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Alex Langfield

Stage 1: Danby Dale and Westerdale Loop — Esk Valley Walk

Stage 1: Danby Dale and Westerdale Loop — Esk Valley Walk

Difficult
08:12
18.4 mi
2.2 mph
1,650 ft
1,575 ft
Expert Hiking Tour. Very good fitness required. Mostly accessible paths. Sure-footedness required.

Tips

More information

Includes an off-grid segment

Navigation instructions may be limited.

176 yd in total

Tour Overview

Starting Point
5.51 mi
© OSM

Fat Betty

Hiking Highlight

5.99 mi
© OSM

Young Ralph Cross

Hiking Highlight

8.27 mi
© OSM

The Lion Inn

Hiking Highlight

11.7 mi
© OSM

Westerdale Head

Hiking Highlight

18.4 mi
© OSM

Castleton

Hiking Highlight

18.4 mi
Destination

Map

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Tour Profile

Waytypes

Mountain Hiking Path: 0.52 mi
Hiking Path: 2.58 mi
Path: 9.56 mi
Footpath: 0.46 mi
Street: 1.51 mi
Road: 3.68 mi
Off-grid (unknown): 176 yd

Surfaces

Natural: 3.27 mi
Unpaved: 2.70 mi
Gravel: 1.73 mi
Paved: 0.63 mi
Asphalt: 3.41 mi
Unknown: 6.69 mi

Weather Forecast

Alex Langfield planned a hike.

March 15, 2021

Comments

  • Alex Langfield

    The first stage is something of a baptism of fire, easily the most strenuous on the Walk. It’s an 18.4-mile (29.6 km) circuit, up through Danby Dale, onto the high moors to the source of the Esk at Westerdale Head and back down to Castleton via Westerdale.

    With 1,625 feet (495 m) of elevation gain, it will certainly get your heart pumping. It’s possible to split the stage in two by staying at the remote Lion Inn, which is about 8 miles (13 km) into the walk.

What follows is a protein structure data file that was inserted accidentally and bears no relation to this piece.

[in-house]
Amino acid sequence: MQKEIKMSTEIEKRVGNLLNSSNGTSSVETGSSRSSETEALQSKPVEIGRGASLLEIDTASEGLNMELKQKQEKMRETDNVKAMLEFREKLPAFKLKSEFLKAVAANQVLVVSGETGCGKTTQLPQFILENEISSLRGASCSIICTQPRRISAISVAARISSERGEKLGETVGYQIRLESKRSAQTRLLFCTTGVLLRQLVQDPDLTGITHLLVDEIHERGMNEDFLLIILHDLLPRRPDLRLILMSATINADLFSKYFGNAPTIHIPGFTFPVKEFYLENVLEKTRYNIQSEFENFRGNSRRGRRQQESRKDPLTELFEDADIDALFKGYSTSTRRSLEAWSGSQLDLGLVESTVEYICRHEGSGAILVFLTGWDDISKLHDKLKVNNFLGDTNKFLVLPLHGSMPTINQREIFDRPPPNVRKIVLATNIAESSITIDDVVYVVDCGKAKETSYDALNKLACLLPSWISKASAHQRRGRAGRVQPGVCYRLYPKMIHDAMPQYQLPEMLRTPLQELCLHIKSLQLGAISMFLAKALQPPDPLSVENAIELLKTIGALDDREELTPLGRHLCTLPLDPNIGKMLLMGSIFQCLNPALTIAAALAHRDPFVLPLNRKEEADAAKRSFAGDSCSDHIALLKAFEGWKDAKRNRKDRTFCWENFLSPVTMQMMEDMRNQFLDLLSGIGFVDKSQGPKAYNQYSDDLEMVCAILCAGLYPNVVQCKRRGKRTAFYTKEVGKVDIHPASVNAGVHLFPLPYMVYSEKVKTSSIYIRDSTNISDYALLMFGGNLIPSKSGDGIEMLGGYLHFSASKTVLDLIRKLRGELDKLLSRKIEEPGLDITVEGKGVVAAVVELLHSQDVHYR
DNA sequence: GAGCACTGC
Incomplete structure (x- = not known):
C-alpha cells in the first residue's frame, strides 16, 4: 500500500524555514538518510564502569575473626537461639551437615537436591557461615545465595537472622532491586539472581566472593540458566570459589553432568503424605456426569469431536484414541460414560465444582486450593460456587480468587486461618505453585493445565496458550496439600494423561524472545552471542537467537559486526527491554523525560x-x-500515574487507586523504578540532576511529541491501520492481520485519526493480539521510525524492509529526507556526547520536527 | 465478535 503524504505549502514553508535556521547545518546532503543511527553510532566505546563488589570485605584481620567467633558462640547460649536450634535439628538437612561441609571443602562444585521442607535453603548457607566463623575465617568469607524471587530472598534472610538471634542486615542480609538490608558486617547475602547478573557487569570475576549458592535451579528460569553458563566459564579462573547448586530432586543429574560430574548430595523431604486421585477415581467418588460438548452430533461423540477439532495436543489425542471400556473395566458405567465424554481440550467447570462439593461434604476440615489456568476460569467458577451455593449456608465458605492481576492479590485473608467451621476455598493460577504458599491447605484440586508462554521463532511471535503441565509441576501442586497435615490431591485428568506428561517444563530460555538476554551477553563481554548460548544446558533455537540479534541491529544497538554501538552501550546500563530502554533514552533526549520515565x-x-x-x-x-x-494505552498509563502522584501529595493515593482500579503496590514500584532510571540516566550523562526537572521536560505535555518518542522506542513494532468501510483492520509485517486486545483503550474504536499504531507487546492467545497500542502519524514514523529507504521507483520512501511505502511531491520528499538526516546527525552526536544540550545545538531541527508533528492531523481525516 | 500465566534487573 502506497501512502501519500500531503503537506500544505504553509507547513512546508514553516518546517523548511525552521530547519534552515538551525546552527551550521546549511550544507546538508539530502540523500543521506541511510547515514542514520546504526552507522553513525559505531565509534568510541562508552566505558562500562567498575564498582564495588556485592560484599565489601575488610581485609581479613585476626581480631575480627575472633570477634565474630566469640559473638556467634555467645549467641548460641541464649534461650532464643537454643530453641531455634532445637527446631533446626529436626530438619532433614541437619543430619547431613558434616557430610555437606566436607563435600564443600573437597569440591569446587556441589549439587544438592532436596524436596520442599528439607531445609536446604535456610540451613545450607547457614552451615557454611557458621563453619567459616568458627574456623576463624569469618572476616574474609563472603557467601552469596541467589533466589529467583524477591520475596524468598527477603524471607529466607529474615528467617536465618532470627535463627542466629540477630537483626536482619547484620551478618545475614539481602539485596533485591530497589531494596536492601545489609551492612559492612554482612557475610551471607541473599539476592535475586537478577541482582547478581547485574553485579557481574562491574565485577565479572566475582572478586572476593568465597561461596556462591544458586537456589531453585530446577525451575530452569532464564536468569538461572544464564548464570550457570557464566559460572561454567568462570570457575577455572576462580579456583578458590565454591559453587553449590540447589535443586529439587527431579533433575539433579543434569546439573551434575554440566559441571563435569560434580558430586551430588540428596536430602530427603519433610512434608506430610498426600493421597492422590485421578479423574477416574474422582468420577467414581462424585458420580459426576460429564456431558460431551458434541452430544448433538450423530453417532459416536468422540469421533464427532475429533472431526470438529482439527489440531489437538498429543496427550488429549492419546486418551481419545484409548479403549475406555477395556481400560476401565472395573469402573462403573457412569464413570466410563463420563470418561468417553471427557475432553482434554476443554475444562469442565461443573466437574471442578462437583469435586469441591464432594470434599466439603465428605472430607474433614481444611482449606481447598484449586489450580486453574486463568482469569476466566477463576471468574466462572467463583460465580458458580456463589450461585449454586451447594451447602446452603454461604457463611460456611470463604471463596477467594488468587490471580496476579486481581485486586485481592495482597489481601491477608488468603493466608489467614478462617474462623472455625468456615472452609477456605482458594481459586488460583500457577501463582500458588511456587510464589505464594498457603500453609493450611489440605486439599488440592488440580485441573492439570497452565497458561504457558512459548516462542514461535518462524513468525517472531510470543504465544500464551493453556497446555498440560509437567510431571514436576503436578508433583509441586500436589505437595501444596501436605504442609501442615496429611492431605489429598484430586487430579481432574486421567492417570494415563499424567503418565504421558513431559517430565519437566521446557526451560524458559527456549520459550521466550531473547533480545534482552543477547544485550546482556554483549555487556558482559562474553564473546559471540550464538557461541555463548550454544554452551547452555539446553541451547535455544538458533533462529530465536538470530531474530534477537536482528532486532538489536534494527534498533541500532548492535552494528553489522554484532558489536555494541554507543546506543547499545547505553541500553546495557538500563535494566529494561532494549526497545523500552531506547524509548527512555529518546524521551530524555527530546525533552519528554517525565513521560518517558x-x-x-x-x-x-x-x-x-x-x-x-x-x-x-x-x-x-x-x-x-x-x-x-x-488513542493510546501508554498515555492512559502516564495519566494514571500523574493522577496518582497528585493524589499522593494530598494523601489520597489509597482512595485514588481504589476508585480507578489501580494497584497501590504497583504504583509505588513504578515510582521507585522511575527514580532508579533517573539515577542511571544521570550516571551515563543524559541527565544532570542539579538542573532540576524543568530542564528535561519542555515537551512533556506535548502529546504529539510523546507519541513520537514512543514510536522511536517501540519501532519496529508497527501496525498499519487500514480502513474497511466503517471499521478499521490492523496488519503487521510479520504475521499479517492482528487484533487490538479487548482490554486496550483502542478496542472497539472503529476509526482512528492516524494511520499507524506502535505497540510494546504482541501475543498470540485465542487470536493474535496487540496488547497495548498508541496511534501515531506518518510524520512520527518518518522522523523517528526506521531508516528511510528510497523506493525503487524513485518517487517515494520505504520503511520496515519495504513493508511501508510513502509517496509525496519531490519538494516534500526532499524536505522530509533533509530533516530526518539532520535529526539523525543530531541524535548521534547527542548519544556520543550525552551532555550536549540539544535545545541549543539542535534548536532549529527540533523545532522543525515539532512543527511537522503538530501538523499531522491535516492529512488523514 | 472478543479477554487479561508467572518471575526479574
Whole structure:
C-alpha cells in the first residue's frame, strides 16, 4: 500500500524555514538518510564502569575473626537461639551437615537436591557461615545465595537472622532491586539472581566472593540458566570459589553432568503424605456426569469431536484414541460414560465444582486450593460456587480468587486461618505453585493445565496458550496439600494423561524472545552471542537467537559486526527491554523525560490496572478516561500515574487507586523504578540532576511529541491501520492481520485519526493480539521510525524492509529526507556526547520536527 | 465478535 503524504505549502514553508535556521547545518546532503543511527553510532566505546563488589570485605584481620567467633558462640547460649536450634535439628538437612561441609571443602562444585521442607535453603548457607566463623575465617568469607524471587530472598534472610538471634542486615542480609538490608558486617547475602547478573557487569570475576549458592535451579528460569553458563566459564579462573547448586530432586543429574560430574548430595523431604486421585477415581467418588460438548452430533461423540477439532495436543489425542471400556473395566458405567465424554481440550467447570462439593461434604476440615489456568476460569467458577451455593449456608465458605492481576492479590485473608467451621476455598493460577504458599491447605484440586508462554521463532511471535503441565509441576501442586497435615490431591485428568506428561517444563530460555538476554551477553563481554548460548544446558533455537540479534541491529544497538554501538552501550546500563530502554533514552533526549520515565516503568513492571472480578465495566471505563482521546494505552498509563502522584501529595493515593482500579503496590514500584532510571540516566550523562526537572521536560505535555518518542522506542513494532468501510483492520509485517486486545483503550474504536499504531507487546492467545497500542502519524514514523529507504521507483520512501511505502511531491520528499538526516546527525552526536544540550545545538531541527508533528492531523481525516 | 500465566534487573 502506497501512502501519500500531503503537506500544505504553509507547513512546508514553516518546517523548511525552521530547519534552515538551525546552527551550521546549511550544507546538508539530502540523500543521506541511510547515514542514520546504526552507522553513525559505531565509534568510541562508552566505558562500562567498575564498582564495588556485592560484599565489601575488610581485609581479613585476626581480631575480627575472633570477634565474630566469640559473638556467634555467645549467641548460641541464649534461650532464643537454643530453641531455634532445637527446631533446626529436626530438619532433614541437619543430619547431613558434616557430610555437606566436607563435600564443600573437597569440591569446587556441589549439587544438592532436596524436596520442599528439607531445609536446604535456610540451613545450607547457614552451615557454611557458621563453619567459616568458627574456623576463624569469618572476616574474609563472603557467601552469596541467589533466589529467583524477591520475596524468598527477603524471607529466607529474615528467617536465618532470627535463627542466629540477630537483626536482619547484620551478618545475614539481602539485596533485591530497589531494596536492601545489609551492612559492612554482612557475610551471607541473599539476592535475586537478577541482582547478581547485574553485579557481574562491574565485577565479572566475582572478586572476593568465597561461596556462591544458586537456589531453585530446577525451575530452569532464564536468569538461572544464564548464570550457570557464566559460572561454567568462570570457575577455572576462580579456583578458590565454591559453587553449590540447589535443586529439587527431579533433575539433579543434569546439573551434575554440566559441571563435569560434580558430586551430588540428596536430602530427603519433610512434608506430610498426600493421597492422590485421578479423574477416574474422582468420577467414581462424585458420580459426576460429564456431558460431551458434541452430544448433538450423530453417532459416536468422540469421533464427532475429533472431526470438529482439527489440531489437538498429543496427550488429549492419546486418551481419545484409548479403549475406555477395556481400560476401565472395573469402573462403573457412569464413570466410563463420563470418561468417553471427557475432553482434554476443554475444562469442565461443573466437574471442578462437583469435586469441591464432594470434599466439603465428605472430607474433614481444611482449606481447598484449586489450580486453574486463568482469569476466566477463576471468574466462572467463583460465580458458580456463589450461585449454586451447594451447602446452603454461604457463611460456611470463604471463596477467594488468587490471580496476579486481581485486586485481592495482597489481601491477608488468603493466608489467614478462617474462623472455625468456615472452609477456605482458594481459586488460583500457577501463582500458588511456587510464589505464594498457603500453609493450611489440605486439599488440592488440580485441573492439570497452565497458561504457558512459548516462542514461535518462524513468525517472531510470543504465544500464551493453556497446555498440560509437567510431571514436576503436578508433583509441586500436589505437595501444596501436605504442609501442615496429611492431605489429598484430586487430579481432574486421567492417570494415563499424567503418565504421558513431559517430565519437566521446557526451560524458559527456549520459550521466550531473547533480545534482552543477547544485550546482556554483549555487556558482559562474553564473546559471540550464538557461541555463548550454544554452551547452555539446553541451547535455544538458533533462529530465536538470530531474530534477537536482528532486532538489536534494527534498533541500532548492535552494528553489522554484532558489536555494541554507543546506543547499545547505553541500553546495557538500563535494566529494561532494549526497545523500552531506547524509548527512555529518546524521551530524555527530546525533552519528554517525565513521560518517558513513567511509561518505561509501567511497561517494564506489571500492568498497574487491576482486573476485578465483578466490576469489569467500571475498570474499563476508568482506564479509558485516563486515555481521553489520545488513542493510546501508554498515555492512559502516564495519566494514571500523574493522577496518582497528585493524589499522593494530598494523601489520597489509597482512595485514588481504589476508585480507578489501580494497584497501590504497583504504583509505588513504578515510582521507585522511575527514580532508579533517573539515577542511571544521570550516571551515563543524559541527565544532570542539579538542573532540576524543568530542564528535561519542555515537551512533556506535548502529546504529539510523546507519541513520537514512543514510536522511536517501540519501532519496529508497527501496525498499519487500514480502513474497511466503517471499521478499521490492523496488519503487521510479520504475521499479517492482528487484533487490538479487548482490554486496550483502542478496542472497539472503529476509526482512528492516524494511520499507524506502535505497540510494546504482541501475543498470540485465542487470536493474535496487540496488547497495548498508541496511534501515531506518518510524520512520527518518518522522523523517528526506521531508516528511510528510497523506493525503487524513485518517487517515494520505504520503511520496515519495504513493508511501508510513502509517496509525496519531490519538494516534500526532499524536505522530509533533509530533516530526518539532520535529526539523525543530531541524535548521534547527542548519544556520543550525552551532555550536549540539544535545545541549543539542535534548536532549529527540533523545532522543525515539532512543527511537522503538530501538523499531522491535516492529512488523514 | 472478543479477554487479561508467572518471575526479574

From Castleton Moor station, you cross the River Esk, turn right down the High Street and pick up a track through Didderhow Farm. From here, head south on field paths and on tracks through Danby Dale. After passing to the west of the village of Botton, the ascent onto the moorland begins.

    The path snakes up past farm buildings and joins a public bridleway due south to reach the moorland plateau. Your arrival on this enchantingly open and stark landscape is greeted by Fat Betty, an intriguing, white-painted standing stone. I’ve plotted a short detour to the west here to visit Young Ralph Cross, an emblem of the national park. This moorland section can be boggy, even in summer.

    Retrace your steps to Fat Betty and continue south to the scenic Blakey Ridge, with Farndale to the west and Rosedale to the east. The marvellously situated Lion Inn is the only facility en route and makes for a superb lunch stop. After the inn, the Walk engages in a hairpin turn and follows the edge of the escarpment to the head of Westerdale.

    The many streams that trickle down the hillside here are the sources of the River Esk. You venture north, alongside the ever widening main stream on its journey to meet Hob Hole Beck and become the River Esk proper, just to the west of Castleton. You skirt the moorland to the west of Westerdale, pass Dale View farm, before crossing the young River Esk and following signs for Castleton.

    Once back in Castleton, the Downe Arms has bed and breakfast rooms and serves good food. There are a few other private rentals in the village. The Eskdale, near the station offers fine dining in its Restaurant 1865.

    • March 22, 2021

Alex Langfield

Stage 1: Danby Dale and Westerdale Loop — Esk Valley Walk